Checked luggage trafficking instances may become more prominent over time if wildlife product processing moves closer to origin countries.
? African countries are primarily origin points.
? Africa is a prominent source region for ivory, rhino horn, pangolin, marine species (abalone, European eels) and mammals (cheetah cubs, lion claws).
? Kenya, in particular, has displayed a unique ability to seize trafficked wildlife in transit by relying in part on teams of sniffer dogs that reduce screening times while improving screening effectiveness.
? Ivory seizures in air transport have slightly decreased by volume while rhino horn seizures have increased between 2016 and 2018.
Trade Ban Could Be ‘Damaging’
There is a need to address all the root causes of zoonotic disease emergence as opposed to taking a “narrow focus” on wildlife trade, says the Oxford Martin Programme on illegal wildlife trade in a position statement on managing wildlife trade in the context of Covid-19 and future zoonotic pandemics.
Last week, more than 241 conservation and animal welfare organisations urged the World Health Organization to recommend that governments permanently outlaw wildlife markets and for it to end its support of traditional Chinese medicine. Many conservation and animal welfare organisations are calling for long-term bans on wildlife trade and wildlife consumption to reduce the risk of future zoonotic pandemics.
“These calls can seem like (an) opportunistic use of Covid-19 to further their own objectives, which are only tangentially related to public health,” said the position statement. The programme recognises that trade in some wild species represents a risk to public health.
“However, we express concern at the dominant discourse, which focuses solely on the links between zoonoses’ emergence and wildlife trade, and caution against a blanket approach to wildlife trade regulation.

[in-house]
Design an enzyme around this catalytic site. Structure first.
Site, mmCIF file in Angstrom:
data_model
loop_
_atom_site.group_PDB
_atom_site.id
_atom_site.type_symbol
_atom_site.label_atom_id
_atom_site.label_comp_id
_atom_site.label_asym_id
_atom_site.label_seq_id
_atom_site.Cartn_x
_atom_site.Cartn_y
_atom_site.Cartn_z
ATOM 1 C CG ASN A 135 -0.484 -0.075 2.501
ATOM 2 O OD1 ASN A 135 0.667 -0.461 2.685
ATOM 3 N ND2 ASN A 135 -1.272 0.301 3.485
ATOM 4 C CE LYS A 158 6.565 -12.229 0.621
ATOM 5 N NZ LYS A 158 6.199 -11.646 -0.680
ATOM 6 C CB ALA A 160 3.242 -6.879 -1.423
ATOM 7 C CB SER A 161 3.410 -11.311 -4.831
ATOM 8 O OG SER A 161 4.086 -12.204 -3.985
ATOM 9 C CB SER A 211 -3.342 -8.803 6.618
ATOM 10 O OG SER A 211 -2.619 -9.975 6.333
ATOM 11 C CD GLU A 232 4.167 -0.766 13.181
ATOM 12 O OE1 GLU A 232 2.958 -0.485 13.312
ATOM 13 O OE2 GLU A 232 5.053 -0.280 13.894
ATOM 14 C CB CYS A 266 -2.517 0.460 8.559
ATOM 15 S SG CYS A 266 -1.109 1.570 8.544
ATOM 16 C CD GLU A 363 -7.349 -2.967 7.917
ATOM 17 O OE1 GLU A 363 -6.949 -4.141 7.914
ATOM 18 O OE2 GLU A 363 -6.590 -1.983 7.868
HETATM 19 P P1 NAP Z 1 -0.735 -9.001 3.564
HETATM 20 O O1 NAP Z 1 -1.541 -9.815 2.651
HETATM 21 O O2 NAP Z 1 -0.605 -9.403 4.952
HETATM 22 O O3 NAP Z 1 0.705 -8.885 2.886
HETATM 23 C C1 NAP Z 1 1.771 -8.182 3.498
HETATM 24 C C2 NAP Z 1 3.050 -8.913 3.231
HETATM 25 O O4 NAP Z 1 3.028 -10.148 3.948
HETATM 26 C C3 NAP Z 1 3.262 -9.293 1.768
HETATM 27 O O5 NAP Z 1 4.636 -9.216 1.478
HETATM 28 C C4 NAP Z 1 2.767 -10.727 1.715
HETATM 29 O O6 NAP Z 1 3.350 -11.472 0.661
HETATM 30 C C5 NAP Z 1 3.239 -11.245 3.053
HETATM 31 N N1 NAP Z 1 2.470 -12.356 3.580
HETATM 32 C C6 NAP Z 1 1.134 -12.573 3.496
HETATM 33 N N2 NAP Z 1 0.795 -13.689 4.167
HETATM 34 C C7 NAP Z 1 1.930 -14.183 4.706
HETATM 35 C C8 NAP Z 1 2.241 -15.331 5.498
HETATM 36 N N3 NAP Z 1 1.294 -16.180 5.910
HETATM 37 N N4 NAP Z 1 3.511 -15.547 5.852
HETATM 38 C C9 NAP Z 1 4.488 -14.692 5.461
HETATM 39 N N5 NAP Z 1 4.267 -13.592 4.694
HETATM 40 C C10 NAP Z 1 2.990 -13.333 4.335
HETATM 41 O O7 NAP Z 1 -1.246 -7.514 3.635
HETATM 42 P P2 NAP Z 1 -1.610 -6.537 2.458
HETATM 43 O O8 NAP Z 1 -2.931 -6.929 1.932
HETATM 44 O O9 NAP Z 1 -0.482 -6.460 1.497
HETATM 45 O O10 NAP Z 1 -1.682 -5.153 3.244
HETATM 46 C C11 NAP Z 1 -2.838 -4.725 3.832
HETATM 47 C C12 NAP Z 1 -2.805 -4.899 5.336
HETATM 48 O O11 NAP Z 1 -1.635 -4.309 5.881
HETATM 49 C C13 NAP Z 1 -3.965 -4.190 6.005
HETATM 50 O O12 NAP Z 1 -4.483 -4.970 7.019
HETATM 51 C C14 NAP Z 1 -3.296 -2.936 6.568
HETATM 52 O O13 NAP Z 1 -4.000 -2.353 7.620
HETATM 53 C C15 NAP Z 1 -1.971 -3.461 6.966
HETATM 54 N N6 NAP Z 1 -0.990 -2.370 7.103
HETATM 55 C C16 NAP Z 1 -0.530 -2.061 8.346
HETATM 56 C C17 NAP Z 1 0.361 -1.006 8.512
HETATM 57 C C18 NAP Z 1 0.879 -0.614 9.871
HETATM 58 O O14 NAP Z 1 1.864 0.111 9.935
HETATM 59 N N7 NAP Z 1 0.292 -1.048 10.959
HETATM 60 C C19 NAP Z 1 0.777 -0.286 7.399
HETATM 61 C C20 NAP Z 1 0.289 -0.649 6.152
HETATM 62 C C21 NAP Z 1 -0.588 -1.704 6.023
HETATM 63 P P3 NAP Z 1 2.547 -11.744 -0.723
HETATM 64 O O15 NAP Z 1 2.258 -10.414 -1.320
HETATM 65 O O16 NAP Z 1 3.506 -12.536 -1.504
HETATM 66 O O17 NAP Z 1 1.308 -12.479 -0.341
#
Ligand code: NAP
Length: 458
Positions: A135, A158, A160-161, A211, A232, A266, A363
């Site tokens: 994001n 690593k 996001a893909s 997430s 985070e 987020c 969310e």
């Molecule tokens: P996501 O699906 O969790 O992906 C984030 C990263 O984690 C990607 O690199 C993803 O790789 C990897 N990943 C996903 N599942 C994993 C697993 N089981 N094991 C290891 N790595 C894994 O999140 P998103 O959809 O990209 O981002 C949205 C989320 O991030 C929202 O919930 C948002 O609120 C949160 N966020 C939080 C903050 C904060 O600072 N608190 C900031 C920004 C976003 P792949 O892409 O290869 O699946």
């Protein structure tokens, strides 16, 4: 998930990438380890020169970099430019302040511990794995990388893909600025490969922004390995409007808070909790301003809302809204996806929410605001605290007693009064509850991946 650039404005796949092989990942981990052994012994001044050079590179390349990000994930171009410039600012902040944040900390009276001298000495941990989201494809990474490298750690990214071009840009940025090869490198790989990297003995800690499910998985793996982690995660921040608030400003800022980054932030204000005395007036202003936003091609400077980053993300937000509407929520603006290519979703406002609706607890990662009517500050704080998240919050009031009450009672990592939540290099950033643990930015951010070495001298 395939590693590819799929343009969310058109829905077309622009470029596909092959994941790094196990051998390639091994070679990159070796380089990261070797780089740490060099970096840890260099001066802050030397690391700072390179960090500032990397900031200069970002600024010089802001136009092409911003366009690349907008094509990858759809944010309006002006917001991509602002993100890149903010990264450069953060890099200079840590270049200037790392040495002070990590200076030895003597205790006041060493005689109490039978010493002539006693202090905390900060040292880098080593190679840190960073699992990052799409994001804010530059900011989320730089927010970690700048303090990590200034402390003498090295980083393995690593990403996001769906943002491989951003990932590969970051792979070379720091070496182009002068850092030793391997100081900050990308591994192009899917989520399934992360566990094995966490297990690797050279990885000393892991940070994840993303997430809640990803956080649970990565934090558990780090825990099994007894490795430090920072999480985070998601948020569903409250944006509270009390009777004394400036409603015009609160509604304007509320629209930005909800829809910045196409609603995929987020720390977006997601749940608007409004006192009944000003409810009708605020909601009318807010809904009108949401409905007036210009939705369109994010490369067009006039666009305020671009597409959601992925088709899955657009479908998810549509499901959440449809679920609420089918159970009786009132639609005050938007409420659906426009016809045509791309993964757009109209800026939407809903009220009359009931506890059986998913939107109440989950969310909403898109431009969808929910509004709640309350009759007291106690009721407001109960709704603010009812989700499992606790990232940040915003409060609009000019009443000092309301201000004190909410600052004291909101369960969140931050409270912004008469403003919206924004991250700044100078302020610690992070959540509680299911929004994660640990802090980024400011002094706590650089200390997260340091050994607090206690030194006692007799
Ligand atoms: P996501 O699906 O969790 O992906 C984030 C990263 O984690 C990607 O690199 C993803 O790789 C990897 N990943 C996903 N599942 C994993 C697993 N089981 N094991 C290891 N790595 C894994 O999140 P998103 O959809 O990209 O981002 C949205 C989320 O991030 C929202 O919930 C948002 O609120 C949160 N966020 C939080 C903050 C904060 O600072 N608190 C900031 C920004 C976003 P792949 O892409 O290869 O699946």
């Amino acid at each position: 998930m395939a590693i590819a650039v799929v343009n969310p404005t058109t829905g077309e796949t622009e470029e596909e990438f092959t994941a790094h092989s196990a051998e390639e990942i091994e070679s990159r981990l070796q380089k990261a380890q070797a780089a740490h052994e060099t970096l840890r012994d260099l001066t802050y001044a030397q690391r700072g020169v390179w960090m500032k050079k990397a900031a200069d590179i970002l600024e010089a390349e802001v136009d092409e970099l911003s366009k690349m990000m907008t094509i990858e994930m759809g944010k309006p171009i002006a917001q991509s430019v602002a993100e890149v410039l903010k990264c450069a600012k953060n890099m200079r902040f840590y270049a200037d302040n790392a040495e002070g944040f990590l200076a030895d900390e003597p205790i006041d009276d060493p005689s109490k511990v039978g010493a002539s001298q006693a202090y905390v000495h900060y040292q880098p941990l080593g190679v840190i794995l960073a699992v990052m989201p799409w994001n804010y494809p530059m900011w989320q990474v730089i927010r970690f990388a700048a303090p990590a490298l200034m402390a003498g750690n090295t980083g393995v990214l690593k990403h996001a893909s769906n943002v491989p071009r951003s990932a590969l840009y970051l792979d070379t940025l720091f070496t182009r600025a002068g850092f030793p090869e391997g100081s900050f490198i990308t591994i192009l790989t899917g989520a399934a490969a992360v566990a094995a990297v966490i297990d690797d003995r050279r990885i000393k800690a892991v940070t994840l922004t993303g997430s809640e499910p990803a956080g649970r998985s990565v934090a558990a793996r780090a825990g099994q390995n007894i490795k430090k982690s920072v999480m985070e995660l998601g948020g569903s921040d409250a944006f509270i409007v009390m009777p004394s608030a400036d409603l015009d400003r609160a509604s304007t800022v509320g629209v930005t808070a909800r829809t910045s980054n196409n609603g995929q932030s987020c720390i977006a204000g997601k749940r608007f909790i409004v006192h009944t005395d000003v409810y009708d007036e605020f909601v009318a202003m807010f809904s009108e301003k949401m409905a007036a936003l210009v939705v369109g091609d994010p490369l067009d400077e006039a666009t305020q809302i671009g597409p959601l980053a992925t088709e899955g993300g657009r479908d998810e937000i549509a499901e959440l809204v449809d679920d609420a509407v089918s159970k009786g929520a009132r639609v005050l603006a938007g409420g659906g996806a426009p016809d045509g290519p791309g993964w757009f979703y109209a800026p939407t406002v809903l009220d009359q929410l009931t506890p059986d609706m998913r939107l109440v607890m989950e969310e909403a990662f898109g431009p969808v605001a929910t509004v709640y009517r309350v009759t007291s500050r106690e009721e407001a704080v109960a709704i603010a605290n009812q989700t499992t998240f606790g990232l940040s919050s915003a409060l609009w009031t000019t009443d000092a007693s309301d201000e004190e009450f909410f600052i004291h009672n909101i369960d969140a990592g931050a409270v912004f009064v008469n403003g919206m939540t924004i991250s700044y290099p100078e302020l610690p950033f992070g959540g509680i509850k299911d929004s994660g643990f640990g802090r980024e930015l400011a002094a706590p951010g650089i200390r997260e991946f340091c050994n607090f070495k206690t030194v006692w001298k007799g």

“Instead, we advocate for a more nuanced and evidence-based approach, which could better serve both people and wildlife. There is a need to address all the root causes of zoonotic disease emergence, as opposed to taking a narrow focus on wildlife trade.”
Available evidence, the programme says, indicates that the wildlife trade is one of a growing number of anthropogenic drivers, such as industrialised livestock farming, agricultural intensification and land use change, particularly in tropical regions where wildlife biodiversity is high.
These practices lead to wildlife-livestock-human interfaces and declines in biodiversity, both of which increase disease transmission and are further exacerbated by climate change and global supply chains.
“Policy interventions need to address all these root causes if they are to be successful in reducing the transmission of zoonotic diseases globally. “While some organisations are claiming that wildlife trade should be banned on public health grounds, there remains no conclusive evidence about the relative impact of banning all wildlife trade in preventing the emergence of zoonotic diseases in the future…
“The statement says that immediate crisis management responses to the Covid-19 outbreak such as closing China’s urban wildlife markets are warranted. “However, longer term policy change… should not necessarily be based on extreme cases.” Banning all wildlife trade could damage livelihoods and food security of millions of people, threaten biodiversity and drive further land use intensification for agricultural and livestock production.
“Conversely, maintaining well regulated, legal trade for species that can be safely and sustainably harvested can help to secure wildlife habitat in some areas, thereby avoiding the very land use changes that drive emergence of zoonoses. “The wildlife trade can be conceptualised by people living in Europe and North America as something that other people do, which makes it easier to call for draconian action.
“The real issue is the way that we use natural resources – whether this be our use of agricultural products such as soy… our production and consumption of livestock, or our use of wildlife…. Viewing the emergence of Covid-19 as an issue that has been created ‘over there’ absolves us of the need to re-evaluate our own consumption.”